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Re: Aged White Teas

by Kunkali » Jul 14th 11 7:09 am

Dragon tea house on ebay sells aged new technique white looks totally like a black but it intrigues me

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Re: Aged White Teas

by Wan Ling » Aug 16th 12 10:15 am

Aged white tea changed my life. Well at least they changed our view of white tea. There is no doubt that a fine yin zhen produces a subtle and silky brew, but when you have access to an extensive range of world teas, unfortunately in the past that was never enough. Roll in aged BaiMuDan and aged Bai Hao Yin Zhen. Different cases completely.

Our first aged white tea was the Yin Zhen. The leafy, green, vegative notes had given way to a more bold honey coated, almost creamy sesame seed paste flavour. The silkiness of the fresh hairy Yin Zhen, enhanced. Sensual on the entry and a long lasting finish. This tea opened the mind to the possibilities of white tea.

Next was the aged BaiMuDan, this blew the doors off and catapulted white tea into the regulars cabinet. Outside of Fujian, white tea in China is still rather an unknown. People of heard of it. Some have sampled it, but as yet very few people would say they are white tea drinkers. There are more white drinkers in the UK we have met than in China.

Returning to the BaiMuDan. Very much like the transition of young sheng puer, the first thing you note with the aged tea is the change of the outer appearance. The large leafs of the BaiMuDan had changed a deep and dark brown - auburn orange. The dried leave aroma, did not reveal the true nature of the brew to be had. The first brew, was bright, a rich amber colour reminiscent of a weakly brewed Yan Cha or an aged Tie Guan Yin. The taste challenged a few taste buds, but produced an almost medicinal range of flavours, that finished with sweeter notes of dried fruit.

Fresh white tea, tends not to take a lot of separate infusions, whereas the ageing seems to add to the teas. Wisdom would point to flavour getting less, but not so. We found more infusions bought out an increasing range of nuances. Certainly the fruit notes became more prominent. Hints of plums, apricots and peach.

Looking forward to spending time in Fuding exploring more of what Fujian has in store.

Lesson of the story, don't let preconceptions put you off trying something different.


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Re: Aged White Teas

by TeaParcel » Sep 4th 12 1:45 pm

The Chinese themselves say that the older the white tea is - the better the quality and the taste. Personally I drink Bai Hao Yin Zhen and Bai Mu Dan. This year I've tried 2009, 2010, 2011 and 2012 bai Mu Dan. The ones I liked the best were 2010 and 2011. Although 2009 also had some interesting taste notes. ( Some might like it, some might don't )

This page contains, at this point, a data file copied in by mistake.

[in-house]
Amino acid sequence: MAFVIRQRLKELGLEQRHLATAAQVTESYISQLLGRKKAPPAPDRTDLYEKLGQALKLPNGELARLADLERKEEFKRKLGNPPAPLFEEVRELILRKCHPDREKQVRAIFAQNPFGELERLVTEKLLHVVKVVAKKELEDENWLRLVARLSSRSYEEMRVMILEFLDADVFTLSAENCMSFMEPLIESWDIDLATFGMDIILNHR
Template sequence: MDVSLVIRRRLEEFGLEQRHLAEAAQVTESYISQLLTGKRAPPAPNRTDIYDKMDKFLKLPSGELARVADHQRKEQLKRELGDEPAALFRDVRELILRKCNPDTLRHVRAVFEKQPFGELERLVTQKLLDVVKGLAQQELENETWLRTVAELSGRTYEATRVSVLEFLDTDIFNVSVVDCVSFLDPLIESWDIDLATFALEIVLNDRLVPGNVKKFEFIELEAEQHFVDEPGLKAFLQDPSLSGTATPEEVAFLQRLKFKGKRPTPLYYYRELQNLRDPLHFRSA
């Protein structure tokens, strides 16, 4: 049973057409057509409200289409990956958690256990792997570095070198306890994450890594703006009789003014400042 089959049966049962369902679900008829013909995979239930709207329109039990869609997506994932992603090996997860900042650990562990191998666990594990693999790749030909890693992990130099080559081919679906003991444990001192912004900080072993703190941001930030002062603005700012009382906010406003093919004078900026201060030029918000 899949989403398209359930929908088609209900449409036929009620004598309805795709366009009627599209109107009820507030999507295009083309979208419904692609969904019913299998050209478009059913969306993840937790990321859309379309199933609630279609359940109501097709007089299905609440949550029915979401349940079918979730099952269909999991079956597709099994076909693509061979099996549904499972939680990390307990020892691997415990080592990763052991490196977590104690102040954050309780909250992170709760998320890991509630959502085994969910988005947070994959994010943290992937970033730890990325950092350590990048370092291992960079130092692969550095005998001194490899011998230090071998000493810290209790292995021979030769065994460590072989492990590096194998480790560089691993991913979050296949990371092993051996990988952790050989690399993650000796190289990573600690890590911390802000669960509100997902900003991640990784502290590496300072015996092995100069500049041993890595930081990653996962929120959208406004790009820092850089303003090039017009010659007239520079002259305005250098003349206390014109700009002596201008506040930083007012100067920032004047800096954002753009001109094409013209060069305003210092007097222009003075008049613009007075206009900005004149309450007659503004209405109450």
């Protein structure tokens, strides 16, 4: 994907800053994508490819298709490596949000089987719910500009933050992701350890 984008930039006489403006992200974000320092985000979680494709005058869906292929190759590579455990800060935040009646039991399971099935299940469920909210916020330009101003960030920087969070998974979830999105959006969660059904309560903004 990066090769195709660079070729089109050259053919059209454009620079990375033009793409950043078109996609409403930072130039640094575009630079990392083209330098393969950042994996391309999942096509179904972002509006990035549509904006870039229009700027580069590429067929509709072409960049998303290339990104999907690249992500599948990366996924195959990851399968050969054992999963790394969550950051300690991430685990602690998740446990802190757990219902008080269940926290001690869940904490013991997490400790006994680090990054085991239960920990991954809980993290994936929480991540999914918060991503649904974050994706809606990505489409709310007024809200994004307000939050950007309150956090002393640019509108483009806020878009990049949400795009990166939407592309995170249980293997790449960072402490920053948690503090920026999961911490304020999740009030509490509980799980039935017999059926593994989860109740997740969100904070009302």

Bai Hao Yin Zhen - I've tried 2010, 2011 and 2012. So far my favorite is 2010.

I've also tried aged white puerh ( which is actually Sheng pu-erh, not white). Good tea for the mony, but didn't impress me much. As it's not as delicate as Bai Hao Yin Zhen.

As for green tea - I agree with opinion the the fresher the green tea is - the better.

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Re: Aged White Teas

by MarshalN » Sep 19th 12 7:51 am

Aged white teas exist, and personally I think the best are aged baimudan - things that are higher grade, IMO, actually don't age as well. I bought a bag a while ago, not too expensive, and very tasty. Not vacuum sealed either.

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Re: Aged White Teas

by jayinhk » Sep 19th 12 1:37 pm

The wholesaler right around the corner for me has a huge glass jar of Baimudan that is actually very good (and reasonably priced too). I believe it has three or four years on it, but I'll double check the next time I'm in there. Gaiwan in hand, it is the most amazing tea to end the day with.

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Re: Aged White Teas

by Poohblah » Oct 6th 12 9:30 pm

since this thread has been resurrected again, I thought it might be appropriate to share this link: It's not bai mu dan or even bai hao yin zhen, but it is from Fuding. I wonder how it tates compared to other aged whites.

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Re: Aged White Teas

by Poseidon » Aug 4th 14 6:18 pm


If possible id like to bring this thread back to life, Ive been wanting to try some aged white teas and I have been having some problems with sourcing them. I have found a few white tea cakes on ebay but I dont know enough about white tea, let alone AGED white tea, to even attempt to purchase it. My expirence in white tea is basically silver needle I tried about 2 years or so ago. I vaguely remember an over brewed, barn yard smelling, cup of yellow tea... Anyway, are there any tea chatters who enjoy aged white teas? Where do you get them?

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Re: Aged White Teas

by Poseidon » Aug 7th 14 12:52 pm

Anyone? :lol:

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Re: Aged White Teas

by ethan » Aug 7th 14 2:32 pm

Poseidon, I think the lack of response shows aged white tea is not for "real". Many teachatters know much, much > than I do; yet, I will venture to say now that aged white tea does not make sense as a concept. White tea is green tea which is tea one wants fresh.
I was lucky enough to buy some wonderful white tea (the only white tea I have ever liked). It is so good that I would order much more (enough to last years) but fear time would hurt the tea.

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Re: Aged White Teas

by Poseidon » Aug 7th 14 3:55 pm

From what ive been reading on blogs, white tea is starting(or has been) to get pressed into bings for aging. It takes on the same fermentation a puerh would.(according to what ive read) I know there is a "new technique" of processing in the white tea world that does essentially allow it to age like puerh. ... ign=buffer

also, I missed this thread. ... 1&start=15